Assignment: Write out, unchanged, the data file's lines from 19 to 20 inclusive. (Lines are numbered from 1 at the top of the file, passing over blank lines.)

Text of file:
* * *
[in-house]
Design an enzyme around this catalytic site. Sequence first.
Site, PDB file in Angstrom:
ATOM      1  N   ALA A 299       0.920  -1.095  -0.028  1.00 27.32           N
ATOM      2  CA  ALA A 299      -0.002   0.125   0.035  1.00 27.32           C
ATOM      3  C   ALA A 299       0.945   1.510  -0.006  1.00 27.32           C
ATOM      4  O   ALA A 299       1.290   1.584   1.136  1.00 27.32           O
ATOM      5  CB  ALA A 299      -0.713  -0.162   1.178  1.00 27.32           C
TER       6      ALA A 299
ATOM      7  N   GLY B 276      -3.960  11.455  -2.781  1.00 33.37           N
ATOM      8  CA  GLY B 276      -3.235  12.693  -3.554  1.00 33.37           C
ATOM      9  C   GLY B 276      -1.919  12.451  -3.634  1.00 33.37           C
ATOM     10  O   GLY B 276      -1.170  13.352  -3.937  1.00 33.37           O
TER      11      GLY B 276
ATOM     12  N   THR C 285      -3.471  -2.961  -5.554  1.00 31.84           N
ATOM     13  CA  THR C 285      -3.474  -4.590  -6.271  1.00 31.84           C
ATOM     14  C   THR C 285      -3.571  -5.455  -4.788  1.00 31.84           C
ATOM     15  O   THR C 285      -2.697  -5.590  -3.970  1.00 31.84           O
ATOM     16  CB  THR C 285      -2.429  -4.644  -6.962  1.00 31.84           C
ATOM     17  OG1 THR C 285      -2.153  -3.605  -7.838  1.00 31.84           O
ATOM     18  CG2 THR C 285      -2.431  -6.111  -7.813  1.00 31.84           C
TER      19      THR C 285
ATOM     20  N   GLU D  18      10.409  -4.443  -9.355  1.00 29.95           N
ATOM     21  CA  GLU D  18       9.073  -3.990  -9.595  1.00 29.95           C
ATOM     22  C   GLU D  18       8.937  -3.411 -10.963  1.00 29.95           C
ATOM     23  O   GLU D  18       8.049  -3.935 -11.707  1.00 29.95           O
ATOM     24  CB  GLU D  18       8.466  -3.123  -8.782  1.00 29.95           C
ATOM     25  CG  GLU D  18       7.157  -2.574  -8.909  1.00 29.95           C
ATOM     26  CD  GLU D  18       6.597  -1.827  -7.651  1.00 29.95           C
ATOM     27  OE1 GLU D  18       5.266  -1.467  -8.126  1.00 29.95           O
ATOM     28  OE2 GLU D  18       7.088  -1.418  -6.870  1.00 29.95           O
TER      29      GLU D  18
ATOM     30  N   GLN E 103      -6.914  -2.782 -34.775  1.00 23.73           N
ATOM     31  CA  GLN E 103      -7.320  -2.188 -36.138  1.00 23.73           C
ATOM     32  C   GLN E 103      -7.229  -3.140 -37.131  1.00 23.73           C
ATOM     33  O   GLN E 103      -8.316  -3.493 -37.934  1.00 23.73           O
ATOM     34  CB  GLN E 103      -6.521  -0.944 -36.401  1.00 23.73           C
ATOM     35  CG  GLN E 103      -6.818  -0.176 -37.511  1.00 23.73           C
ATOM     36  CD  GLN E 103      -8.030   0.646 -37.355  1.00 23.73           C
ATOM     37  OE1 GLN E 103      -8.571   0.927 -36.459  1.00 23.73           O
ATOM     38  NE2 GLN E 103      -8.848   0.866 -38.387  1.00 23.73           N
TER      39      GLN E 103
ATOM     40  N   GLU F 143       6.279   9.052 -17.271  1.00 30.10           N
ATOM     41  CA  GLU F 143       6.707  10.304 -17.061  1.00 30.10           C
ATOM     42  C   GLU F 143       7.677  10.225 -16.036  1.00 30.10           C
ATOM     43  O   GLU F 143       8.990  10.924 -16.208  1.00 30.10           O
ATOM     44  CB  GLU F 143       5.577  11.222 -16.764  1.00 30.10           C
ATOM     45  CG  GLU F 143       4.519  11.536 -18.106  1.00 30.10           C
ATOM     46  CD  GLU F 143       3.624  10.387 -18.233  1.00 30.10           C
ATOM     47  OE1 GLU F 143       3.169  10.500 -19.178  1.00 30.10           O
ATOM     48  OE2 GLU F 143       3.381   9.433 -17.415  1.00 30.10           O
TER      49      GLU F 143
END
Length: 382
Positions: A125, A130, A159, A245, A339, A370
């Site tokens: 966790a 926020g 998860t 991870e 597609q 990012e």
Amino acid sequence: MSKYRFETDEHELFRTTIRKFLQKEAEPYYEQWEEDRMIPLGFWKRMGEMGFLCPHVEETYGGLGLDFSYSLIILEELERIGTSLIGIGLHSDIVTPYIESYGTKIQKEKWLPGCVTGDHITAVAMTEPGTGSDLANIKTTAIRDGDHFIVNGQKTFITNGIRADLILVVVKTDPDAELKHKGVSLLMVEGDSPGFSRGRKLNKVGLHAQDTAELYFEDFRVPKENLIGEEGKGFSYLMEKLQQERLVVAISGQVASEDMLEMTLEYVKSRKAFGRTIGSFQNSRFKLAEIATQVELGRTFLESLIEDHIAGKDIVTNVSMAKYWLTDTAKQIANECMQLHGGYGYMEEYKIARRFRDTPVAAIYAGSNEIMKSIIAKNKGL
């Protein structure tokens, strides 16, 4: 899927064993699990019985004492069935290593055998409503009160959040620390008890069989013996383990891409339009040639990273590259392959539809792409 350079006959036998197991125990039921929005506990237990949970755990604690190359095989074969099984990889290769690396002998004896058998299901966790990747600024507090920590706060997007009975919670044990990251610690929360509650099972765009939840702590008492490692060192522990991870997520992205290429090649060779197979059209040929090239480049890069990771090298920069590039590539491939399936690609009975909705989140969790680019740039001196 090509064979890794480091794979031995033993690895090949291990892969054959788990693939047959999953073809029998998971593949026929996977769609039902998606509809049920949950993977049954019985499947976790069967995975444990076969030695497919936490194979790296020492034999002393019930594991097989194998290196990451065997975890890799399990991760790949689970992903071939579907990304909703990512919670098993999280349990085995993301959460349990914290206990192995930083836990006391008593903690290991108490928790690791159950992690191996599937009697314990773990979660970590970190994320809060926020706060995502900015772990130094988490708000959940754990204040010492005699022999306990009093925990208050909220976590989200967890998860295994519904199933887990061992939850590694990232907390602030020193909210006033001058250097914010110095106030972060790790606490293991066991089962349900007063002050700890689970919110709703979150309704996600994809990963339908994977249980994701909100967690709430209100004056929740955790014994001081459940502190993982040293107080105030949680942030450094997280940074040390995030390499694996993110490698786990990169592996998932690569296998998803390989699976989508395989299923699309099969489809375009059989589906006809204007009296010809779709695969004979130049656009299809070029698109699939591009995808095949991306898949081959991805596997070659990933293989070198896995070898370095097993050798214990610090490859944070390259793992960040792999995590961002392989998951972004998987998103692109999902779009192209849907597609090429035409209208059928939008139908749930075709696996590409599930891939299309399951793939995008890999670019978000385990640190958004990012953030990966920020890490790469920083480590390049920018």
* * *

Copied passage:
ATOM     16  CB  THR C 285      -2.429  -4.644  -6.962  1.00 31.84           C
ATOM     17  OG1 THR C 285      -2.153  -3.605  -7.838  1.00 31.84           O